High and Dry

4608 Painters Street

Yesterday, I went into New Orleans to check on my house for the first time since the storm. As my wife and I drove into the city we saw tremendous wind damage. We exited the interstate and snaked our way through neighborhoods attempting to get to our street. Much of the city was still cordoned off where standing water still filled the streets or downed trees and debris prevented navigation. Our hearts sunk as we saw the water lines on many homes and businesses reaching 3, 4, 5 feet and above. Pictures wouldn’t do the scene justice, especially for those familiar with what these historic neighborhoods used to look like.

Pulling onto Gentilly from Elysian Fields, hope began to spark as we noticed most of the older buildings sat higher than the flood line and did not appear to have taken in water. We slowly drove down our street trying to tell if the water had gone into any homes. Some did. Some didn’t. Many were too close to call. We could tell that the water had reached all the way to our front porch, but it didn’t look like it had ever topped it. Not until we opened the front door did we know for sure. I even reached down to touch the rug because after all I’ve seen over the past three weeks I almost could not believe it was dry. Everything remained where we had left it and nothing in the main house sustained any damage.

Magnolia tree out back window

As I feared the old Magnolia tree fell in the back yard, but it fell away from the house. If it would have come the other way it would have taken out my office. The picture above looks out the back window.

The house’s old original attached garage had been enclosed and converted into an apartment years ago. It had a couple feet of water in it. No one currently lived there, but we are a little concerned that the mold could travel into the main house if our landlord doesn’t get in there soon. We also noticed several roof tiles missing and fear that a good rain could cause leaks. Our garage in the back did take in a couple of feet of water. The broken garage door prevented me from checking in on it but I’m sure we lost our washing machine and dryer and everything else in there. The shed in the back yard caved in, but it didn’t house anything of importance. Considering everything, we weathered the storm very well.


While most of our stuff didn’t sustain damage, we will not be able to live in the house for quite some time. We loaded my Dad’s SUV with as much as we could take. We packed it high with the kid’s musical instruments, computer equipment, pictures, keep sakes and some clothes. I’d like to get back asap to retrieve my library and other things to keep it from mold or roof leaks. With another storm in the gulf it looks like they have reclosed the city for now, so I’m not sure when our next trip will be.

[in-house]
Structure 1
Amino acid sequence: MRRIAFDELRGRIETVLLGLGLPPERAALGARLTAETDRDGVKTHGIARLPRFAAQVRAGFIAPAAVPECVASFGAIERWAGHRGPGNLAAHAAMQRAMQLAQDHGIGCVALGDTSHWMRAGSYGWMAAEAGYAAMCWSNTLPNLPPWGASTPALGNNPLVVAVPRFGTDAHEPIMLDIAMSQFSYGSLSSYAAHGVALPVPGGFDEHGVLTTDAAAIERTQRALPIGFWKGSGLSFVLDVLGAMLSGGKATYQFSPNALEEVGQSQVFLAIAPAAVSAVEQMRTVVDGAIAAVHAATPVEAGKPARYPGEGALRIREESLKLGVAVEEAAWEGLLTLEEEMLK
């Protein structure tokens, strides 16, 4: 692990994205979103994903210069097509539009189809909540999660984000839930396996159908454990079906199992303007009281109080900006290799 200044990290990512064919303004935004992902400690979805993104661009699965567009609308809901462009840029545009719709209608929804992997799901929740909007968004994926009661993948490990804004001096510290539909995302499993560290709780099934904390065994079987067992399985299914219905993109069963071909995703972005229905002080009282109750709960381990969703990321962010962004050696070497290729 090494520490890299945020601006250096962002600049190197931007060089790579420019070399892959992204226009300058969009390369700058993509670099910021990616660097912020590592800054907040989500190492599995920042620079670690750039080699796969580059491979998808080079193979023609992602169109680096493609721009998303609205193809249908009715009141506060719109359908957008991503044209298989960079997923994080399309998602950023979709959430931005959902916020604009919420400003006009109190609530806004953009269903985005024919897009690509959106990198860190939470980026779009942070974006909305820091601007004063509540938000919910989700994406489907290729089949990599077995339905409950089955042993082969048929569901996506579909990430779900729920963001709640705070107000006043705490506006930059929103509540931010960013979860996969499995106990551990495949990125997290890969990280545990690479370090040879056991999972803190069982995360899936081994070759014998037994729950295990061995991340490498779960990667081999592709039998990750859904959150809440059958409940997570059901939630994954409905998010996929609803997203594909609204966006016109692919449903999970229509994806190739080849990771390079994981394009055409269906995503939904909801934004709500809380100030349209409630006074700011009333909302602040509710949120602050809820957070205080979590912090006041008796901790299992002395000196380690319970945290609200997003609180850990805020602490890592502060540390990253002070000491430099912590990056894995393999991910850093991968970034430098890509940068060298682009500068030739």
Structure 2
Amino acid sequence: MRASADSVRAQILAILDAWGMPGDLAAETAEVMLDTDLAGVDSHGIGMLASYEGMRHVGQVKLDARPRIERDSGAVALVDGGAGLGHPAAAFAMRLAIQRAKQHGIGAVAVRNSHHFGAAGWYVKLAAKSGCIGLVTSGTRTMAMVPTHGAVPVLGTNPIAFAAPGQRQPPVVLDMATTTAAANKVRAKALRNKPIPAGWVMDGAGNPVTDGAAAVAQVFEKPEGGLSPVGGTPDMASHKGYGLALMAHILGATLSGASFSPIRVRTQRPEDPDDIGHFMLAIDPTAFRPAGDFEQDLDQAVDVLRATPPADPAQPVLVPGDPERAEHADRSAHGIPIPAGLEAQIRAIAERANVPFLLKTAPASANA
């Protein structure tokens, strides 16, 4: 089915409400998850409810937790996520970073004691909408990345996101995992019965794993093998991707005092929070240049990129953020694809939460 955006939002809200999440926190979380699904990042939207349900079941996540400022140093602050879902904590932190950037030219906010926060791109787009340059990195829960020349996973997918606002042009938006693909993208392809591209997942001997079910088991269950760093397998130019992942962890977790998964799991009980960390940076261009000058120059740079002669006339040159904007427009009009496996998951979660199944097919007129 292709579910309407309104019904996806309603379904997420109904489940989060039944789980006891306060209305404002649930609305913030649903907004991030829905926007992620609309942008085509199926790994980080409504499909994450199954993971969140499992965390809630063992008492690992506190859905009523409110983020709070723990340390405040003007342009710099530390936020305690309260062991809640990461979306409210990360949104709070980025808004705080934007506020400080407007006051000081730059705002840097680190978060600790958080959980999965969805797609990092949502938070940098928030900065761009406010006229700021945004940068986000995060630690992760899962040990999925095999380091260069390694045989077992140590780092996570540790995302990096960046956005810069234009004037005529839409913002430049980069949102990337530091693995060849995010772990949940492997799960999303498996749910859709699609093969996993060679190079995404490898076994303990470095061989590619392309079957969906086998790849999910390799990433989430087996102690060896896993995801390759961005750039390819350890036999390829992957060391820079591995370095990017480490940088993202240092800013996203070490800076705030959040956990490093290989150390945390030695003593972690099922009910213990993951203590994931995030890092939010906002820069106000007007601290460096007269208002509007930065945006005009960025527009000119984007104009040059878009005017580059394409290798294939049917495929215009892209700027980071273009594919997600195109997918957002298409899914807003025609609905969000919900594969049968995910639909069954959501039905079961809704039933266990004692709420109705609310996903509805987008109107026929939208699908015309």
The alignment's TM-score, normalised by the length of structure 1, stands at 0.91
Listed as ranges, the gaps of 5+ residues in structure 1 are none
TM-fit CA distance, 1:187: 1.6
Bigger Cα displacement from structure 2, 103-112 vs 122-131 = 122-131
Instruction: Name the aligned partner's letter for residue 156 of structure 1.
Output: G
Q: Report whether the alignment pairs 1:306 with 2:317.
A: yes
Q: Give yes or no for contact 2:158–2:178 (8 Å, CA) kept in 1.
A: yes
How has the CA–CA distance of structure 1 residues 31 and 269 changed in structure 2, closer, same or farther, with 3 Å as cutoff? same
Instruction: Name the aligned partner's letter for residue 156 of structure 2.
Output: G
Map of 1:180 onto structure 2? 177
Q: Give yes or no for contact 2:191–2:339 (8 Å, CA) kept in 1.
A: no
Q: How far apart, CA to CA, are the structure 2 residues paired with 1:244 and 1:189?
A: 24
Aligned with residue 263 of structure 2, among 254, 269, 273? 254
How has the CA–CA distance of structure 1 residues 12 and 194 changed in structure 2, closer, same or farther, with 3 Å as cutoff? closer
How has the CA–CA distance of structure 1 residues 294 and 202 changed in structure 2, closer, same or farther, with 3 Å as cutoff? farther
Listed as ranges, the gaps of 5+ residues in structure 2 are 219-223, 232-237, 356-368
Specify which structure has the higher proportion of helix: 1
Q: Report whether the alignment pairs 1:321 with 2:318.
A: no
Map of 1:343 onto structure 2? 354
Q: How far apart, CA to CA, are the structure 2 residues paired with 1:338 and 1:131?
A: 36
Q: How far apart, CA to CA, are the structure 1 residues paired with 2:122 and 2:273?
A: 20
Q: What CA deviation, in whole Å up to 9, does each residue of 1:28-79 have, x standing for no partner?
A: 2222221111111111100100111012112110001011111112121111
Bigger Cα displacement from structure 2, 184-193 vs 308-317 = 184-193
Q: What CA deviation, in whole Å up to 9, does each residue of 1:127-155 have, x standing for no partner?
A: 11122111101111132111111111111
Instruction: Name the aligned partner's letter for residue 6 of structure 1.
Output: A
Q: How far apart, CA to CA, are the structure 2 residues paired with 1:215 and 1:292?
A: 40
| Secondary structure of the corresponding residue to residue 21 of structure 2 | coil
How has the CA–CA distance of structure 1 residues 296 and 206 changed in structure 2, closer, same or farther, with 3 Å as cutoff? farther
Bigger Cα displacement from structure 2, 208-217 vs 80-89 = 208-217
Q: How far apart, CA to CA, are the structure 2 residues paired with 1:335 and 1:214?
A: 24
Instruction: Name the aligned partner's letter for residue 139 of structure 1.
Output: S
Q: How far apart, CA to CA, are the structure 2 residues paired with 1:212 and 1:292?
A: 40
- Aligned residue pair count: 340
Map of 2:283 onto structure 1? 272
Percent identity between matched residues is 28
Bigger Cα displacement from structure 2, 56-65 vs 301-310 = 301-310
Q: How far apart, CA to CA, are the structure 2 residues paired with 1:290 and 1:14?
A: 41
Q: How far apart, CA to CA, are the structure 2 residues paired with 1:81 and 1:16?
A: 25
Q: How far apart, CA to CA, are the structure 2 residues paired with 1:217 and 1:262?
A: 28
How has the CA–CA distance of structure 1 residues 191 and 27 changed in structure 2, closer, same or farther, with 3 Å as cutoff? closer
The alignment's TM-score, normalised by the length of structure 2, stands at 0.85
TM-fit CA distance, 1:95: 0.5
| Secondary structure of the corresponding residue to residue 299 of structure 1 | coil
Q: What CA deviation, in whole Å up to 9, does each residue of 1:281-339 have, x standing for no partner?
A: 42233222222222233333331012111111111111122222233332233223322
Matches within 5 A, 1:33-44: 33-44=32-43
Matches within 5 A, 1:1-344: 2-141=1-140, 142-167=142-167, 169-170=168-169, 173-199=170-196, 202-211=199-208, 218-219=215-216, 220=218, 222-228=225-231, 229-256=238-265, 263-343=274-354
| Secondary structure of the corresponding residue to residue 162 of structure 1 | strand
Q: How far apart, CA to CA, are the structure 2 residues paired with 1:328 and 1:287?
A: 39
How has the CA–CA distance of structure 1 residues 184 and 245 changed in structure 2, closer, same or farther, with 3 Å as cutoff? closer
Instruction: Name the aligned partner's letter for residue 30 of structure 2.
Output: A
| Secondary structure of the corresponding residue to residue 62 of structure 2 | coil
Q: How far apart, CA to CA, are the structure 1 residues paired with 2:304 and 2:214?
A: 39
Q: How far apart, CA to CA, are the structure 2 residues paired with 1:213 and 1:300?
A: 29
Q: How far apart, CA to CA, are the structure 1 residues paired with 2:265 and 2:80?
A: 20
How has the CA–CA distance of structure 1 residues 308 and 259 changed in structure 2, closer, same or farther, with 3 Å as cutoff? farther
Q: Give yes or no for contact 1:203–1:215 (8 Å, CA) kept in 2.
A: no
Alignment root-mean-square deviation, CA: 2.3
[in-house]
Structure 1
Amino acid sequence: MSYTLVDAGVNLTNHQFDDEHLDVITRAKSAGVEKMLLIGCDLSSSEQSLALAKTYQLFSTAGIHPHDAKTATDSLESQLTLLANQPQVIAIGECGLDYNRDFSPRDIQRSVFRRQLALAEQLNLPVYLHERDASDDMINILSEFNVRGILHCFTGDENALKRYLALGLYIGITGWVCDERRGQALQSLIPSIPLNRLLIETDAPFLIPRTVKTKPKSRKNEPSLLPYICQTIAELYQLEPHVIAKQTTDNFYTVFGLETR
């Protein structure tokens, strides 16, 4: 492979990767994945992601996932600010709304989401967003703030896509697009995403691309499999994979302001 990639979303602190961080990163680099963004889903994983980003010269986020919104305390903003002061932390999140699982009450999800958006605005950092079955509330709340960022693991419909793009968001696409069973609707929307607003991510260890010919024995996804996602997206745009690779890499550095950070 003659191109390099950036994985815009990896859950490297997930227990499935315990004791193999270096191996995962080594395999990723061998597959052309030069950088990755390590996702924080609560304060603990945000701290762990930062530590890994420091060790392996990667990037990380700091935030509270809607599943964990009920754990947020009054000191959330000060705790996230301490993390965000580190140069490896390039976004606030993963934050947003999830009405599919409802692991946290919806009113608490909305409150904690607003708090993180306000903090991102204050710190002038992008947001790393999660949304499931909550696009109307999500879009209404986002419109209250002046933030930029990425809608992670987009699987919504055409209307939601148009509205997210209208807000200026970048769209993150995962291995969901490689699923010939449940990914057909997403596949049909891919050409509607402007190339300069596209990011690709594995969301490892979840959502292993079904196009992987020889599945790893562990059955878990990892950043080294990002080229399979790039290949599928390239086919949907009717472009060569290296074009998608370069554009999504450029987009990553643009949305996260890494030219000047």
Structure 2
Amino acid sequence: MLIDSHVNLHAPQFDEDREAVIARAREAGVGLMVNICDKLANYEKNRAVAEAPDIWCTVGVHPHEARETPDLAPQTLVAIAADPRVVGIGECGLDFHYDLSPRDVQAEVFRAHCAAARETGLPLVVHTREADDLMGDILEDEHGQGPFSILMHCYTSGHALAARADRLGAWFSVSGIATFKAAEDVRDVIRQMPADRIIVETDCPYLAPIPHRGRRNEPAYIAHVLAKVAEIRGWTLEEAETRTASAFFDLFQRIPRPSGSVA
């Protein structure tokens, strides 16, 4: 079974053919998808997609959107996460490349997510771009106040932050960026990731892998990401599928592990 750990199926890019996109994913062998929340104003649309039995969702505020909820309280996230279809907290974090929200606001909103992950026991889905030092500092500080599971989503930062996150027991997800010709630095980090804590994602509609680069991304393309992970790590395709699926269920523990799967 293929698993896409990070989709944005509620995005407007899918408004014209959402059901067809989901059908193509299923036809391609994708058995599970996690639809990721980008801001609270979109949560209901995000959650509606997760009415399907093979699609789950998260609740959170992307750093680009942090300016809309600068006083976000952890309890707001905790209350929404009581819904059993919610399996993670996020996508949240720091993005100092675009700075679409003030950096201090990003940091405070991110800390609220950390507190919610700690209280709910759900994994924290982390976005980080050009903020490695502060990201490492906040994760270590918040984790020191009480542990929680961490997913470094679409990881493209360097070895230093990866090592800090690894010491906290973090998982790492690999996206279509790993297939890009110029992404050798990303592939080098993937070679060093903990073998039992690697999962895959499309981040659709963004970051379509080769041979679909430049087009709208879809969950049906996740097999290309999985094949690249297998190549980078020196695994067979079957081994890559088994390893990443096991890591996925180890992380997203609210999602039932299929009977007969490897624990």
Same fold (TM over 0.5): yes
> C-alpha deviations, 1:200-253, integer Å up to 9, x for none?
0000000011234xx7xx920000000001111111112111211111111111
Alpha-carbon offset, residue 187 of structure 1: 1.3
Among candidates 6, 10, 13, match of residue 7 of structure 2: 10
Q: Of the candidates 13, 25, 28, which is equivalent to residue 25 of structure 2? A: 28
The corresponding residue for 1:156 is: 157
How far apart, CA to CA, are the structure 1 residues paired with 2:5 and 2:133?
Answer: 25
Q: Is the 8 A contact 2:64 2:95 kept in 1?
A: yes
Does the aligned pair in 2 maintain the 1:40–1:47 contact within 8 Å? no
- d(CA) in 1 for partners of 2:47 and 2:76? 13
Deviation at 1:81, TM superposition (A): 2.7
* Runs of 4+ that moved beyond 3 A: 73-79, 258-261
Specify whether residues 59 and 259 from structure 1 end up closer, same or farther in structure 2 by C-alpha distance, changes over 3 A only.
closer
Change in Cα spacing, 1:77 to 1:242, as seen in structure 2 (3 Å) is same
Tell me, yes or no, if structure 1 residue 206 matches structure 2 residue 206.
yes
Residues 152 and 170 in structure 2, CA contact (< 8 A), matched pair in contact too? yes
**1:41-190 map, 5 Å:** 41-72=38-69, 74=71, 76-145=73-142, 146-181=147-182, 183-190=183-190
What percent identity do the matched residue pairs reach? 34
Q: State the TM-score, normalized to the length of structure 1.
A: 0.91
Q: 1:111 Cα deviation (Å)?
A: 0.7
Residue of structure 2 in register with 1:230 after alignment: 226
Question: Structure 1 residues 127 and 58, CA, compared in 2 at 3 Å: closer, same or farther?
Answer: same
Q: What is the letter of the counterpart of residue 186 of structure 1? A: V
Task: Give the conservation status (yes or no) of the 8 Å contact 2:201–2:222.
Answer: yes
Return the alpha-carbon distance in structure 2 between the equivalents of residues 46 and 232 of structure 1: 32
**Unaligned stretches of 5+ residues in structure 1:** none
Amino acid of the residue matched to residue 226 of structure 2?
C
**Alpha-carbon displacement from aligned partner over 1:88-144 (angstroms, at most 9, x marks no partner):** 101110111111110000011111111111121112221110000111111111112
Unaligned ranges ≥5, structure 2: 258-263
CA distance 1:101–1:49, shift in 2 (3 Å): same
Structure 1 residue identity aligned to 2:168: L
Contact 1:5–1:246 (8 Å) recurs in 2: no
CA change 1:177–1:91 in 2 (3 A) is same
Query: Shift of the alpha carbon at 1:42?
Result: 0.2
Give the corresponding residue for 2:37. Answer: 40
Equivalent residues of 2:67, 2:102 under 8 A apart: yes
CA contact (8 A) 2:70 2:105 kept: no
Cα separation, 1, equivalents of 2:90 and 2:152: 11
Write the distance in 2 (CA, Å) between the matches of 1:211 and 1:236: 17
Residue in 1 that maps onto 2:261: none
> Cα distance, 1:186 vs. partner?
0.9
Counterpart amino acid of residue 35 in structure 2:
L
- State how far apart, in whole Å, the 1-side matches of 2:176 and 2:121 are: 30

Amid all the bad news, it’s nice to see things aren’t worse for you. We will keep you in our prayers and wish you the best in the recovery. I really appreciate the updates and pictures. Y’all are amazing down there.


Glad to hear that. i have only heard of three families somehow related to me that had major damage to their house. Whether it is good or bad, God wills it 😉 Just keep looking up! Things will get better!

We lived on Marigny Street near Mirabeau. Can you tell how those houses faired? It is such a great neighborhood with wonderful homes. Wish we could have moved it with us. Good to see not all is lost in New Orleans.


We love Gentilly Terrace. Many of the homes did have a good bit of water. I hope they can be salvaged. We didn’t drive down Marigny, but we did go down Mirabeau toward Elysian Fields. I think many of the houses toward the lake did get water. The houses the other way, toward Brother Martin, looked like they may have faired better.

Hey Don,

If the house sustained no damage, why will it be weeks before you could live there again. Is that because of the electric, sewer, and water problems?

Glad to hear some good news in the midst of so much bad these days!


I may have sounded a little over optimistic when describing what we found on our first trip in. Our contents didn’t sustain damage, but the house itself did get over two feet of water in the part we did not live in. The mold growth will be a health hazard until it can be dealt with. Our stuff will need to be decontaminated. The roof also needs to be repaired. I do not know how much rain from Rita came through. While our house faired relatively well, the flooding hit the area hard. The schools are all closed. We have no grocery stores, gas stations, or anything else operational in the vicinity. We have no electricity or running water. We had 7-8 feet of standing water in our street; right up to our front door. Now that it has receded, a layer of polluted silt covers everything. The entire area stinks like raw sewage and death. It will be a while before the neighborhood is inhabitable.